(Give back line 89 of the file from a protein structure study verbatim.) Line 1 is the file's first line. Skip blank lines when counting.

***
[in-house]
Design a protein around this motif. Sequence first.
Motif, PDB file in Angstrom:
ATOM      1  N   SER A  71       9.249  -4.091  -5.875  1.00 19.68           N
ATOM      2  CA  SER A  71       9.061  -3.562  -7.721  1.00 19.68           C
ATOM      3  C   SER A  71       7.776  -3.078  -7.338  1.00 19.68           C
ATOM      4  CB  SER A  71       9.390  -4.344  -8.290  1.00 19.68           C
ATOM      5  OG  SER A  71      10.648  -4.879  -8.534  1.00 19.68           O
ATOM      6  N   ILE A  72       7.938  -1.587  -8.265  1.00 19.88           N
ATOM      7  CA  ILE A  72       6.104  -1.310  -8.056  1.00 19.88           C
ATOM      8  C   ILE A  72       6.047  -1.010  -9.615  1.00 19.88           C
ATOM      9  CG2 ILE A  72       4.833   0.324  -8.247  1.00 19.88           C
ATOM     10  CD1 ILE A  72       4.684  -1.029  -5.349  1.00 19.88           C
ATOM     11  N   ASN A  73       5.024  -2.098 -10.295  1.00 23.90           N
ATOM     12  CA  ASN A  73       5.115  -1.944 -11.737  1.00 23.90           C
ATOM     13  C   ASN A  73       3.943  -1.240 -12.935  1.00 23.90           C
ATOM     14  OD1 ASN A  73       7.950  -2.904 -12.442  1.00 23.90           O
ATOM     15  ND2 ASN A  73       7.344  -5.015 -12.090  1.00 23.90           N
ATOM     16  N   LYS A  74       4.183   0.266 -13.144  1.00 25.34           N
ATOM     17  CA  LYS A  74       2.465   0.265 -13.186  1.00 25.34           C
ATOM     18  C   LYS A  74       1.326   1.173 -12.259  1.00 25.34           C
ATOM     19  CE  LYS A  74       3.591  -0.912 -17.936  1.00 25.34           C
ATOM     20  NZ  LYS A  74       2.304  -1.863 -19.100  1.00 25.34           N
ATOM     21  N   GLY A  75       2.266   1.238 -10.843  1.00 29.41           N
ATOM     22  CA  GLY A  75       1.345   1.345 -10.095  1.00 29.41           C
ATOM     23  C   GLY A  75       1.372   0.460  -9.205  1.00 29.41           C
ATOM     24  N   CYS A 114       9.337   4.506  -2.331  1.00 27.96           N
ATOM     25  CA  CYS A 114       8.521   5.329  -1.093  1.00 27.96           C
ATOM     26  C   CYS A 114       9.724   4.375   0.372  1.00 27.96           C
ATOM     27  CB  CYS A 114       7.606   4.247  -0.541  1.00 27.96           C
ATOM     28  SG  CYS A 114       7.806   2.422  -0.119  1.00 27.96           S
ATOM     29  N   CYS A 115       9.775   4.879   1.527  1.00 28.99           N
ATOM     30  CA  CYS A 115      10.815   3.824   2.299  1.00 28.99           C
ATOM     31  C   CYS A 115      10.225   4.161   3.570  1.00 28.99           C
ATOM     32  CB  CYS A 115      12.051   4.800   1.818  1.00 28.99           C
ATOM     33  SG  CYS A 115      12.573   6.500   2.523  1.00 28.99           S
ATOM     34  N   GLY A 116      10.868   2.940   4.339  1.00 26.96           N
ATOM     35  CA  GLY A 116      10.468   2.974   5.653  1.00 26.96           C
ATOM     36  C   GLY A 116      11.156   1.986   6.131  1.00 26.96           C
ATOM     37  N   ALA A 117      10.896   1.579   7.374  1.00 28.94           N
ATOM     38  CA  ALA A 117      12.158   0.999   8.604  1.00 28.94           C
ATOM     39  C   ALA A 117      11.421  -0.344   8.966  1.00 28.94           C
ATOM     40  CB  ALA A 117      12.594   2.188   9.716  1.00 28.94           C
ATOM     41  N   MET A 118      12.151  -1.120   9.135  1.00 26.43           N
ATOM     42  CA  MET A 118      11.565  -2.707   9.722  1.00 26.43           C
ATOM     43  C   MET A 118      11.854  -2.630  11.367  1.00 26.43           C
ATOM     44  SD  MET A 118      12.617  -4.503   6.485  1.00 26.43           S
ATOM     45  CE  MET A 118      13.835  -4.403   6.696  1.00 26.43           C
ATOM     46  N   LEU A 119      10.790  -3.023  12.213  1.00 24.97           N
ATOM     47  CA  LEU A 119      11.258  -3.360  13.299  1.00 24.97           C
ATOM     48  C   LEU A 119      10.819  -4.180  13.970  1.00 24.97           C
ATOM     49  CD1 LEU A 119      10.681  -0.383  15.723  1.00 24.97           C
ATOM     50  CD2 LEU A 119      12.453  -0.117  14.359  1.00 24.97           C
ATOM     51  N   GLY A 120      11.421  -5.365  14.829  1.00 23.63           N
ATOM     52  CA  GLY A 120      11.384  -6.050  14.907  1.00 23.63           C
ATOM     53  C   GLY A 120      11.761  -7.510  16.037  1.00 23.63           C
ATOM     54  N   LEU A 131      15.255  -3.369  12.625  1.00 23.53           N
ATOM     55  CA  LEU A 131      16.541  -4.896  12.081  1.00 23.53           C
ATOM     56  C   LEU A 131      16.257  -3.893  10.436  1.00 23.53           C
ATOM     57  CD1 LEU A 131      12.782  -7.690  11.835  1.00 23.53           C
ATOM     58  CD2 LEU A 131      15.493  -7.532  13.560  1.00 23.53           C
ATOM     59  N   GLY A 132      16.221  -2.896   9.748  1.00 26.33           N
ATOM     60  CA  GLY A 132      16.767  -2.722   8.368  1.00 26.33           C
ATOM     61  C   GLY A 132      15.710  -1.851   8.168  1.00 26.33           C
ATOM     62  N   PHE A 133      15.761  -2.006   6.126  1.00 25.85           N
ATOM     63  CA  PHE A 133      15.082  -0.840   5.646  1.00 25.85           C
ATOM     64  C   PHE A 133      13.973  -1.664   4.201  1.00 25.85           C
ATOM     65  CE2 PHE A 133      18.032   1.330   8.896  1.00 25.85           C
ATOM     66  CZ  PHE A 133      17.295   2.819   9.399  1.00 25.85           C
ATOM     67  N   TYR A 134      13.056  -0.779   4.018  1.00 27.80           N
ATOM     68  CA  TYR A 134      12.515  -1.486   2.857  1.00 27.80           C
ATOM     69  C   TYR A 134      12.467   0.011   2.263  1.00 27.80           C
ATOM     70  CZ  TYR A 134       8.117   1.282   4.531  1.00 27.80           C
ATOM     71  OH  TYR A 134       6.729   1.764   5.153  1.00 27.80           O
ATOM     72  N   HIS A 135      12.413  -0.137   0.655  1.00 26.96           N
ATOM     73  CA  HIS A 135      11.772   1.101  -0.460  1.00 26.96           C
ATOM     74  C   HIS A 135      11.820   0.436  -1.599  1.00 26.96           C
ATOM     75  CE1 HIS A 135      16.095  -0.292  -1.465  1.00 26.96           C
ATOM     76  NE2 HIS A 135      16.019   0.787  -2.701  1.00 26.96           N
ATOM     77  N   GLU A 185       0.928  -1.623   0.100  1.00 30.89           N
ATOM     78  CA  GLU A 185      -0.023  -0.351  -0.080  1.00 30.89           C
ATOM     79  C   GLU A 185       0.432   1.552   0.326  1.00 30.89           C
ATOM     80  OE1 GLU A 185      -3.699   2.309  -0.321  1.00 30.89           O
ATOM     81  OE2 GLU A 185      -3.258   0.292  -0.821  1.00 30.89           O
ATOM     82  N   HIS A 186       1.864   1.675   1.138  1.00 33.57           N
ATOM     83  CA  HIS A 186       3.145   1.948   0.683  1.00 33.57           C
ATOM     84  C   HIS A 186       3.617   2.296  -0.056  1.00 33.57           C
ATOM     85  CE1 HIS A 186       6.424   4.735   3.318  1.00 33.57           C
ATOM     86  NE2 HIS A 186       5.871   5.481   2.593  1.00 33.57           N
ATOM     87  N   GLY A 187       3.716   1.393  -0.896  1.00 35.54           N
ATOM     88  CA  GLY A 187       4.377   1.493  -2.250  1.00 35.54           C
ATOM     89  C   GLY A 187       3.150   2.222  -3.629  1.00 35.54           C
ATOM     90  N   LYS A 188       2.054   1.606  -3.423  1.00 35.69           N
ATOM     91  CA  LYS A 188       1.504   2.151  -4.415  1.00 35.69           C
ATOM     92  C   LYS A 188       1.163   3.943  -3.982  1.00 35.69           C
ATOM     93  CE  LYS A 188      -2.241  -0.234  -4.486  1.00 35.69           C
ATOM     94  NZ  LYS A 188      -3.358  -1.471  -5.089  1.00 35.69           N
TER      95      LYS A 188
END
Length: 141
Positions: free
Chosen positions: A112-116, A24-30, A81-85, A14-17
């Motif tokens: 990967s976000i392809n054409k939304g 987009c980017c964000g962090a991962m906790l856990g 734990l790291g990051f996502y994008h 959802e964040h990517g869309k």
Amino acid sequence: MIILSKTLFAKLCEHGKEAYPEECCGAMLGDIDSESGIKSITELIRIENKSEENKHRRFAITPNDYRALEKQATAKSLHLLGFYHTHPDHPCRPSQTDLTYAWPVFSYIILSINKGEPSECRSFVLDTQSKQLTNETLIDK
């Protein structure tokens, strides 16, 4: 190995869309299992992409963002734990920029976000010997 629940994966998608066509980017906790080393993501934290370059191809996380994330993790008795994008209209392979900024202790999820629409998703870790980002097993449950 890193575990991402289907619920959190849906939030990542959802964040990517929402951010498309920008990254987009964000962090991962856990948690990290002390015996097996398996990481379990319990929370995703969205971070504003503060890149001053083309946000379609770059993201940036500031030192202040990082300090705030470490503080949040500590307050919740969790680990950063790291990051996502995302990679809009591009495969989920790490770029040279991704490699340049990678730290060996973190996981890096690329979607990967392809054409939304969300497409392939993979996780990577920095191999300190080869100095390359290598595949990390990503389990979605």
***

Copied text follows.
ATOM     86  NE2 HIS A 186       5.871   5.481   2.593  1.00 33.57           N